Tuesday, September 13, 2005
Khodorkovsky to appeal Wednesday
Mikhail Khodorkovsky, the jailed oil magnate whose empire was carved up in a politically charged campaign, was to appear in court Wednesday to appeal a nine-year sentence handed down in May after being convicted of fraud and tax evasion.
But as before his grueling 12-day verdict reading, lawyers for Russia's once-richest man suggested his chances of a reduced sentence were faint. According to analysts, Khodorkovsky's bid for parliament and his increasingly combative behind-bars criticism of President Vladimir Putin's Kremlin have ensured he will be kept in jail for years to come.
In an interview with Germany's Suddeutsche Zeitung, posted Monday on his defense team's Web site, Khodorkovsky called the hearings at the Moscow City Court "a formality."
"They have been informed of the political decision right down to the formal writing of the verdict," he said.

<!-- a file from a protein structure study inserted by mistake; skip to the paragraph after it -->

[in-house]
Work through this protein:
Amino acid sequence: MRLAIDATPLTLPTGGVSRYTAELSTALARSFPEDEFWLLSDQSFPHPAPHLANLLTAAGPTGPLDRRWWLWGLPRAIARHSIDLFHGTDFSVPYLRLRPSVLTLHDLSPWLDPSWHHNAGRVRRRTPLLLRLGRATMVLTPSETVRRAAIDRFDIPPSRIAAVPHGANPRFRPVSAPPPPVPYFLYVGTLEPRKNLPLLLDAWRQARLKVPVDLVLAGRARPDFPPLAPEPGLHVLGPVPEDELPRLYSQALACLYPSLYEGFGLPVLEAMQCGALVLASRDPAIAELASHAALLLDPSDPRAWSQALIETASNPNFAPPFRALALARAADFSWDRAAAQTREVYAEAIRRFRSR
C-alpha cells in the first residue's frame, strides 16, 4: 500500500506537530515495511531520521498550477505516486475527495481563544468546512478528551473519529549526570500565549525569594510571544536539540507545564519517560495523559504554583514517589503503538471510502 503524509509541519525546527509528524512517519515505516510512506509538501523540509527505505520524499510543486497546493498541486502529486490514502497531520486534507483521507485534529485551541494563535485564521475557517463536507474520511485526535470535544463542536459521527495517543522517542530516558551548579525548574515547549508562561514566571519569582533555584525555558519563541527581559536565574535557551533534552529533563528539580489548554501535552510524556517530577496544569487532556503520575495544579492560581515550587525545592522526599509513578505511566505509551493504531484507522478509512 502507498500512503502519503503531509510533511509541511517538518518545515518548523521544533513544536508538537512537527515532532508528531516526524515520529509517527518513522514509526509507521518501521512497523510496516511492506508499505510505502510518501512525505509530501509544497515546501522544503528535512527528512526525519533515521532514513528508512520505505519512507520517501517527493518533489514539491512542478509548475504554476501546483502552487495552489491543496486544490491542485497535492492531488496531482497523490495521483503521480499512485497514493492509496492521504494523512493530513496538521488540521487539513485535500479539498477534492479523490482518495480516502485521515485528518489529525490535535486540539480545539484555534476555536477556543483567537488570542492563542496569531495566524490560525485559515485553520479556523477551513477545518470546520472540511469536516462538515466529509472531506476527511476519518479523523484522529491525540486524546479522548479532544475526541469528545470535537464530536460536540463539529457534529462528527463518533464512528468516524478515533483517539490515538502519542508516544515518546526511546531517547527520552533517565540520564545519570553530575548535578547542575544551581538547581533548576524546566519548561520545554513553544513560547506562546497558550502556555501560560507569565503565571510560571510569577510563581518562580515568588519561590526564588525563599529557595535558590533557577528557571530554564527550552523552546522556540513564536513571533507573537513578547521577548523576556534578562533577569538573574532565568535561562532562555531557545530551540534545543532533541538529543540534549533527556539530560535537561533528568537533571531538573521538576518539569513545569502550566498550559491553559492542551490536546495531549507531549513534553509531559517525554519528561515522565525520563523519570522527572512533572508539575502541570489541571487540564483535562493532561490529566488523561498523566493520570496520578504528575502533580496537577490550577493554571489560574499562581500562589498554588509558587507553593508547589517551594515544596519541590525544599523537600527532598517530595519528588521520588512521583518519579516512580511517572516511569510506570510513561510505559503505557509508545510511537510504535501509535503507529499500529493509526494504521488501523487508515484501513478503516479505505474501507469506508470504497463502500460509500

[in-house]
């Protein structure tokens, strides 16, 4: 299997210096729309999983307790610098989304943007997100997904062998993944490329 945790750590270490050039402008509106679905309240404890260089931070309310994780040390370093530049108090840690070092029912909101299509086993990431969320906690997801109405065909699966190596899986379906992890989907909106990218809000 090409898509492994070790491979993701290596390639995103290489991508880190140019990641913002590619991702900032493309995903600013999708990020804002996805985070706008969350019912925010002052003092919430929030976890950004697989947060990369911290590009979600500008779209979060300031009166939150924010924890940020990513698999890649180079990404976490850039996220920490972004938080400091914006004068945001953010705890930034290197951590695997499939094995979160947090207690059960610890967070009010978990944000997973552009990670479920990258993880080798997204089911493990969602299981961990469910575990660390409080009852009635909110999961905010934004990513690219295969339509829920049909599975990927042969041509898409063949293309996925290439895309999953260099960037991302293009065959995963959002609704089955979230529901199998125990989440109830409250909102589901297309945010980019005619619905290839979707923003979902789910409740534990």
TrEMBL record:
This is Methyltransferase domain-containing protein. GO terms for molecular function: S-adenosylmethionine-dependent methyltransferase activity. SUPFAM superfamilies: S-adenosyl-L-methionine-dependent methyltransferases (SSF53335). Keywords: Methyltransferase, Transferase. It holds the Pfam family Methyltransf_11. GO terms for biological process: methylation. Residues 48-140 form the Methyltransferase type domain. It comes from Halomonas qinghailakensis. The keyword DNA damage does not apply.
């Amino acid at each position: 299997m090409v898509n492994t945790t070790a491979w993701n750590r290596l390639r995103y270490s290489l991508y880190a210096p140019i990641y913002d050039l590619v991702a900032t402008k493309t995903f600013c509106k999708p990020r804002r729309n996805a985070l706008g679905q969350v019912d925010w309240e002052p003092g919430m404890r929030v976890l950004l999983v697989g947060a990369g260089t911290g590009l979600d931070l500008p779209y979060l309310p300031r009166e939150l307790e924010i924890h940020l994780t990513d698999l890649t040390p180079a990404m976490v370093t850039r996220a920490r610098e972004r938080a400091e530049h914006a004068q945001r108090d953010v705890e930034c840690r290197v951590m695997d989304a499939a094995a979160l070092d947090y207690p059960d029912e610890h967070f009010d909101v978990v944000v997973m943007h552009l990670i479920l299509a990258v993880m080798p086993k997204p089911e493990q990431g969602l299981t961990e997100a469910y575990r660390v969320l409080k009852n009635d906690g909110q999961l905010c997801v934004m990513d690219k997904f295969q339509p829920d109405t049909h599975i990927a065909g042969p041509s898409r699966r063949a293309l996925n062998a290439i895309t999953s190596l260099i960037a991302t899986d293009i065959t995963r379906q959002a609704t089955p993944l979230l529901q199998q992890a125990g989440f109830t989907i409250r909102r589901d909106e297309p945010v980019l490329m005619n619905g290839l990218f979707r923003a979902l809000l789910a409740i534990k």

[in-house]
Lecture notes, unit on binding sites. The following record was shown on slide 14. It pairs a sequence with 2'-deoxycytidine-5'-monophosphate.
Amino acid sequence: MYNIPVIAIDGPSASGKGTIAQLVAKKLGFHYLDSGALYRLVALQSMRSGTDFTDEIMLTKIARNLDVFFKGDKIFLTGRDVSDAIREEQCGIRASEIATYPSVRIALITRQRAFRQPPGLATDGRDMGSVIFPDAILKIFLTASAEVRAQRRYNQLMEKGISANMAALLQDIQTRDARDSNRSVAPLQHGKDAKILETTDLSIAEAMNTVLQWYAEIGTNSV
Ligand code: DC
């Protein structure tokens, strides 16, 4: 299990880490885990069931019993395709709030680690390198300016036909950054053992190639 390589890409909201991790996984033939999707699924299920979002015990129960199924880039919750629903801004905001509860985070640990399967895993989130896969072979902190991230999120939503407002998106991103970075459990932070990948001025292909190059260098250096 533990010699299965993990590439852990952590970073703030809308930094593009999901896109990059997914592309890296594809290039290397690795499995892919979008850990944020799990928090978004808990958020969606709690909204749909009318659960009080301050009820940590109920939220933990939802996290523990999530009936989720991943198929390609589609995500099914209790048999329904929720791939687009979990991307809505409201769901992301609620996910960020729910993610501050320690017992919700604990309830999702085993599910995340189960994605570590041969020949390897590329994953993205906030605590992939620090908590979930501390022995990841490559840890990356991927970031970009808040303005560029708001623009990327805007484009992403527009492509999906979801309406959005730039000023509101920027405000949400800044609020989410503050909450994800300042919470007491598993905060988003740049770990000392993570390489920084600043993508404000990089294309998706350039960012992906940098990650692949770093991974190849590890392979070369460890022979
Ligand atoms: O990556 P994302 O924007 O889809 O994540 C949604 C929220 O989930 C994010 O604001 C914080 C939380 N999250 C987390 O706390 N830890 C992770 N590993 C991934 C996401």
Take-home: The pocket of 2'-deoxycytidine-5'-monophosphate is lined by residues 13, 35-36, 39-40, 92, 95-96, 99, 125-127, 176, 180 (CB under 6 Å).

Lawyers have said that if the appeal fails they will take their case to the Supreme Court; they have already filed a case with the European Court of Human Rights.
Yesterday, both supporters and opponents of Khodorkovsky rallied in Moscow. From Interfax:
Members of We Are with Khodorkovsky and Lev Ponomaryov-led Human Rights movements are rallying on Pushkin Square in Moscow. Opponents of Khodorkovsky are trying to disrupt the rally.
Metal barriers have been placed on Pushkin Square dividing it into sections occupied Khodorkovsky's supporters and their opponents, an Interfax correspondent reports.
Members of the Irina Khakamada-led Our Choice Party, the Union of Right Forces, the Oborona Youth Movement and a number of human rights activists are taking part in the rally. They are holding posters reading "Freedom to Russian Political Prisoners!", "Freedom to Victims of Espionage!" and "No to Political Reprisals! Freedom to Decembrists!".
Several dozen young people are wearing white T-shirts with a picture of prison bars and an inscription "MBK to Jail!" with about 50 protesters blowing soccer horns and holding anti-Khodorkovsky posters.